Google offered money for students to attend academic conferences and present results based on their GSoC work. Google also offered to pay travel costs for two mentors to travel to the mentor summit in California. Regrettably, none of our students had the time to take advantage of the conference money, but Robert Schadek was able to attend the Mentor Summit from Oct 28th to 30th in Sunnyvale, California. There he was able mingle with, and learn from, mentors from the other organizations that participated.

Looking Forward

It is hard to believe, but the process starts all over again in a few short months. The success of this past year will create expectations for 2017, and I hope that we can replicate that success. A number of lessons were learned from this past year that we can carry forward into the next round. So in this section, I will try to distill some of what we learned to help guide our efforts in the coming year.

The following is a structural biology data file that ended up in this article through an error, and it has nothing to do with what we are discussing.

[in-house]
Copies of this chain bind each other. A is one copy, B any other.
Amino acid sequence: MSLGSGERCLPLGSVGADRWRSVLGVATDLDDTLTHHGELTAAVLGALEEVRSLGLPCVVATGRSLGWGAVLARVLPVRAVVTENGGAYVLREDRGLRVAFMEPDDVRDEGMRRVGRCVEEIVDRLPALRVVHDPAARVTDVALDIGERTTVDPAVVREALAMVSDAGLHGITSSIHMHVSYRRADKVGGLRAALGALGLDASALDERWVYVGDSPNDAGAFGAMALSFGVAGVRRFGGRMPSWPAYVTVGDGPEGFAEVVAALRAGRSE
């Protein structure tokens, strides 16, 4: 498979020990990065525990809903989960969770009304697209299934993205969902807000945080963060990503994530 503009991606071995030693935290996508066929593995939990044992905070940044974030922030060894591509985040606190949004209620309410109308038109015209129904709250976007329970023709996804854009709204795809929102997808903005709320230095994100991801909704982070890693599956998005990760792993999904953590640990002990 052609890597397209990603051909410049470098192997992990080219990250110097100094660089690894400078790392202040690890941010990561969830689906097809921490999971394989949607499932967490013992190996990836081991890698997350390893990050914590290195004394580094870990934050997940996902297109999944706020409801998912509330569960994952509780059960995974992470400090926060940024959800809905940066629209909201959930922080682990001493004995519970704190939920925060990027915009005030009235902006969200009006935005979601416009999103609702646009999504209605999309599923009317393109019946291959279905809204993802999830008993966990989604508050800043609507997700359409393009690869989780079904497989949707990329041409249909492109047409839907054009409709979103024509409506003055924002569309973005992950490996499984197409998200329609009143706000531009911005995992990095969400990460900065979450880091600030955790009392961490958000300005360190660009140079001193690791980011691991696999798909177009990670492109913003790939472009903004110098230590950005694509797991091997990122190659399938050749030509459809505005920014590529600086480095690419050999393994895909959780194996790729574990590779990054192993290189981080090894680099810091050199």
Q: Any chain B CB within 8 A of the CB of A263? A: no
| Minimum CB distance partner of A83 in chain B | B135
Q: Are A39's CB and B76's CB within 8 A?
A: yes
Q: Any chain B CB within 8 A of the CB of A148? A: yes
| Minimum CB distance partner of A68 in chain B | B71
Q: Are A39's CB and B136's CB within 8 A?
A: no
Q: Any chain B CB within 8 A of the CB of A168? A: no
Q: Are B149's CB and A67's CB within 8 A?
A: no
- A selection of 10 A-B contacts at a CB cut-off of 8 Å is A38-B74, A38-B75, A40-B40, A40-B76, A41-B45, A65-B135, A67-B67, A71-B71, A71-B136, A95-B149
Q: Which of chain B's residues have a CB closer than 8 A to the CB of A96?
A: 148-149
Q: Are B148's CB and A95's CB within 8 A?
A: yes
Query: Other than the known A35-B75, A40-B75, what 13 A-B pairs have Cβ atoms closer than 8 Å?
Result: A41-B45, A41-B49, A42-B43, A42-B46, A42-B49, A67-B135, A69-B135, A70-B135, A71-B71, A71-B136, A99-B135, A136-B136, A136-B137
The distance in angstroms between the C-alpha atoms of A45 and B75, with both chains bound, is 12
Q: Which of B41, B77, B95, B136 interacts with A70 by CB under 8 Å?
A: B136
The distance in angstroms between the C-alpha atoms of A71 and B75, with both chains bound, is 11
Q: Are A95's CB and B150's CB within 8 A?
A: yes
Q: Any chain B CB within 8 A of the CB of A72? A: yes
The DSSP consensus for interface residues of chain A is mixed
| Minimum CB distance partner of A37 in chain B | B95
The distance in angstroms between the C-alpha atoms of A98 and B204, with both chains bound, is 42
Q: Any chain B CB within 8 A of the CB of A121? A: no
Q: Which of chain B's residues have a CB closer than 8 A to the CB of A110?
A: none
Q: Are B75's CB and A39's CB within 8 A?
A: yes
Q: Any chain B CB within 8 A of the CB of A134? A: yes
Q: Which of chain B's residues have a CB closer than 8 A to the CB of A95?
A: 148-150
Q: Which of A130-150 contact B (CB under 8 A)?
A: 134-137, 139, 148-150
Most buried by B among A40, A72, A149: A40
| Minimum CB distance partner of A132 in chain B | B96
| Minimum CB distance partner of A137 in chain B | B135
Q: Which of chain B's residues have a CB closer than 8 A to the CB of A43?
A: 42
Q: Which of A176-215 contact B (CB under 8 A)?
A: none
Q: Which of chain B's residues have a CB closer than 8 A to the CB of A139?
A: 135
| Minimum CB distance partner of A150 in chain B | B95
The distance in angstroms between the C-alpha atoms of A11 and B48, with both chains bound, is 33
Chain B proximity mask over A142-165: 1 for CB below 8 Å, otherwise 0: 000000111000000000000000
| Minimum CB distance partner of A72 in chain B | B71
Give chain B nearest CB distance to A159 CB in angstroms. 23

The Ideas Page and Advertising

Most of the work of identifying projects was carried out through the D Forums, with the odd email to past mentors. This was generally successful, but a number of proposals from previous years ended up being recycled. While it may be inevitable, it seemed that many of the proposal ideas were added at the last minute. Since a number of our best ideas from the 2016 page are now completed projects, we will need to replenish the Ideas page for 2017.
Recommendations

  1. We should post a PDF version of one of the successful proposals on our Ideas page to give students an example of what we expect. Although it was excellent, we likely shouldn’t use Sebastian Wilzbach’s treatise, as that may scare some people off.
  2. Try to get a decent set of solid proposals with committed mentors earlier in the process. In 2016 a number of the mentors were signed up at the last minute. The earlier the proposals are posted the more time we have to polish them and make them look more attractive.

Interview and Selection Process